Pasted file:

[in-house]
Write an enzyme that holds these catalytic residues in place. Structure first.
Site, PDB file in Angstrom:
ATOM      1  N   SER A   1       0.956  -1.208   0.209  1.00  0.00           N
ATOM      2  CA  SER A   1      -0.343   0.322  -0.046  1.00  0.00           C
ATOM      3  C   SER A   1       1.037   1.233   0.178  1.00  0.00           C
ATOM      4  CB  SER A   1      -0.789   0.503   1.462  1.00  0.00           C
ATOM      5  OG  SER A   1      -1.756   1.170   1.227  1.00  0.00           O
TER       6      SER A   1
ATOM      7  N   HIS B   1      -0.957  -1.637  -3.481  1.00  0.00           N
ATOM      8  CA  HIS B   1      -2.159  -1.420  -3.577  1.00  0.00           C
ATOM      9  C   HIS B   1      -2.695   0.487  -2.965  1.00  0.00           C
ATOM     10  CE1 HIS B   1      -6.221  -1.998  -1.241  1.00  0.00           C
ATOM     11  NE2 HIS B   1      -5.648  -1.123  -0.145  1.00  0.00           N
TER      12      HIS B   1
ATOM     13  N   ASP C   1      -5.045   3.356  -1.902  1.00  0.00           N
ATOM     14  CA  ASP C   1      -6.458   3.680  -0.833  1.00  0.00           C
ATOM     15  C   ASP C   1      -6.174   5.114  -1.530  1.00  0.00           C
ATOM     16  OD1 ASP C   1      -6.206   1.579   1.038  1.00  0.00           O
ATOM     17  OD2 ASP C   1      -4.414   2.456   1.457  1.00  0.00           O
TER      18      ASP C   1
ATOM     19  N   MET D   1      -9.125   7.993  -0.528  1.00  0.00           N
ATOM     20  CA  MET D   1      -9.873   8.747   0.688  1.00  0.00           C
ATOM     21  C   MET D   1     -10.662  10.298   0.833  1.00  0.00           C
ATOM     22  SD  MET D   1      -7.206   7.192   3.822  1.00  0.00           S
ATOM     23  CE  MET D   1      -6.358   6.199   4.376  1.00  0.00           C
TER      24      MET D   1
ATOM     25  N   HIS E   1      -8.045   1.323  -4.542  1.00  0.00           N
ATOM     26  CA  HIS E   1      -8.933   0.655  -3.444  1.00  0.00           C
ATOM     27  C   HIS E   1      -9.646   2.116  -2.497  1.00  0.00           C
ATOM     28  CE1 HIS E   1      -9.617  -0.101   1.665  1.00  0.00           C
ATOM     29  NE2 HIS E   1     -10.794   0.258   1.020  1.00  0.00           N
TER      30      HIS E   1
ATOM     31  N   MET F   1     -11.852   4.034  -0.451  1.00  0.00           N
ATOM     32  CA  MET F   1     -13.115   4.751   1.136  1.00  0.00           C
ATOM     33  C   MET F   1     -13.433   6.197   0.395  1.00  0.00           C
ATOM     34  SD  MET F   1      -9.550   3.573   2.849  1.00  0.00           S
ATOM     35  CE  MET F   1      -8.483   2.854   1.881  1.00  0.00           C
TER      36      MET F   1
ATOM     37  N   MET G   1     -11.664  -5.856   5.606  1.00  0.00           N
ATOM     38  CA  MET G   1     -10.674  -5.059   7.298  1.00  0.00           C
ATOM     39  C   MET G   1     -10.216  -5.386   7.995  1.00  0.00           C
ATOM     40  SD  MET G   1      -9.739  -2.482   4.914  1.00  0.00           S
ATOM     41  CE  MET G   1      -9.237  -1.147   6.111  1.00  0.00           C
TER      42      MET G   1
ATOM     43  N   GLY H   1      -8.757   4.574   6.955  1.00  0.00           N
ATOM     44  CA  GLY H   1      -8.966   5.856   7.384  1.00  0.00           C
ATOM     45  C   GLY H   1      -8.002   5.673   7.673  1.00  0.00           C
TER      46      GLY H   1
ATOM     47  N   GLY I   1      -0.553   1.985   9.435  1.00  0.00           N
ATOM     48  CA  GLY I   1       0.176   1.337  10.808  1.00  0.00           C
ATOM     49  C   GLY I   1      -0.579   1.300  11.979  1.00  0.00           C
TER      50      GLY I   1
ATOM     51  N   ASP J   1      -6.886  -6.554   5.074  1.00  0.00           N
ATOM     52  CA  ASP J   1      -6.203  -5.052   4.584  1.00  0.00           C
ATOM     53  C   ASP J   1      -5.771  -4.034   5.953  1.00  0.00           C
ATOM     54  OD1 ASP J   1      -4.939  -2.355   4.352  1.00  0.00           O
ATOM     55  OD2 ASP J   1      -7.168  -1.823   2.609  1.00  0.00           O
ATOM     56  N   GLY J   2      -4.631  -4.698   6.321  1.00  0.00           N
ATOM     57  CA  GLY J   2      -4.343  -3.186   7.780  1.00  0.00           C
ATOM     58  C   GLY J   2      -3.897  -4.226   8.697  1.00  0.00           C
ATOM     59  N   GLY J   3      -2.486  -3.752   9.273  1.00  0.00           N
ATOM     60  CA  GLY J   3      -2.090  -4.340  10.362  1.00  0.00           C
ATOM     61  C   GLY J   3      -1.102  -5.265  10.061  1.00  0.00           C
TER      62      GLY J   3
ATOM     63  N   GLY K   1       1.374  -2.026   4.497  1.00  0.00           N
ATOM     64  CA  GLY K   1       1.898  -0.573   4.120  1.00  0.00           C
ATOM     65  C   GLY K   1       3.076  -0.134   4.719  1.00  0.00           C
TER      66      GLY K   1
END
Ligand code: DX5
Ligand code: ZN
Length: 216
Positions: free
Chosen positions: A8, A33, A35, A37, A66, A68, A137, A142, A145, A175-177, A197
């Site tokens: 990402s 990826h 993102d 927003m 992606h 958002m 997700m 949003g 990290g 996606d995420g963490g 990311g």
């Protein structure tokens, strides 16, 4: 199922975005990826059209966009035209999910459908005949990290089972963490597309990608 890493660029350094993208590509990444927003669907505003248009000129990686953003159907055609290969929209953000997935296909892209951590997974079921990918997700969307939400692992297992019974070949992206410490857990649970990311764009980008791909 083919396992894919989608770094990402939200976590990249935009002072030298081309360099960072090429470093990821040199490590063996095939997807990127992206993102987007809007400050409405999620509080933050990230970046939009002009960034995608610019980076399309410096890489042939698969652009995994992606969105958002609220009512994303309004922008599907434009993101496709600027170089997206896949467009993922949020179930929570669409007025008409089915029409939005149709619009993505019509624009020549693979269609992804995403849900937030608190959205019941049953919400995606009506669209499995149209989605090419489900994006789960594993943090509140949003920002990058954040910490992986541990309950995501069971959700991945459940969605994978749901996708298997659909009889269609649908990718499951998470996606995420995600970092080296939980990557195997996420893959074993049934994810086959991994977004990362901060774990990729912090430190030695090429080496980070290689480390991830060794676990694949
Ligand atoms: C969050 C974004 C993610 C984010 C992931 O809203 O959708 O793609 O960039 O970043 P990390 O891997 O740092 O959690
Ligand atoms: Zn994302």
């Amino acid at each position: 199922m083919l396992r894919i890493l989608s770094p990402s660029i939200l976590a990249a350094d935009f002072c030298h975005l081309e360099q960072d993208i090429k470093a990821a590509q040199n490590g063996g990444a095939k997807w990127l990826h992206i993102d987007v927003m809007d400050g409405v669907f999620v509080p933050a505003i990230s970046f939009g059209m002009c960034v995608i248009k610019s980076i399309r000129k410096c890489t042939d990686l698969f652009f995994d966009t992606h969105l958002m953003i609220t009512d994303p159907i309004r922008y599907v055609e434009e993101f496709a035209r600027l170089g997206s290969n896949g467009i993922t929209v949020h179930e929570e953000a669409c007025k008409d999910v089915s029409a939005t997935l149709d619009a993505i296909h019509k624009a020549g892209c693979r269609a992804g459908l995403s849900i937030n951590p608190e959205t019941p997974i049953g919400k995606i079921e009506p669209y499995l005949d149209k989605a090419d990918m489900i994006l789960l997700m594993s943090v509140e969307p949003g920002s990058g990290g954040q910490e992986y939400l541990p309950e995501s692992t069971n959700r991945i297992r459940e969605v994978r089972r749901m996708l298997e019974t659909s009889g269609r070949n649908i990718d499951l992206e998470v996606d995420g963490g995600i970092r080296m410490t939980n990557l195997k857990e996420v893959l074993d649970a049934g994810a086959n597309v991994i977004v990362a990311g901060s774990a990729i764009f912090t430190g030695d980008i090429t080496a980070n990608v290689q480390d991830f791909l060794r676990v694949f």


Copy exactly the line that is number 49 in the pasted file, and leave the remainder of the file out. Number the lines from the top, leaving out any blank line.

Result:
TER      46      GLY H   1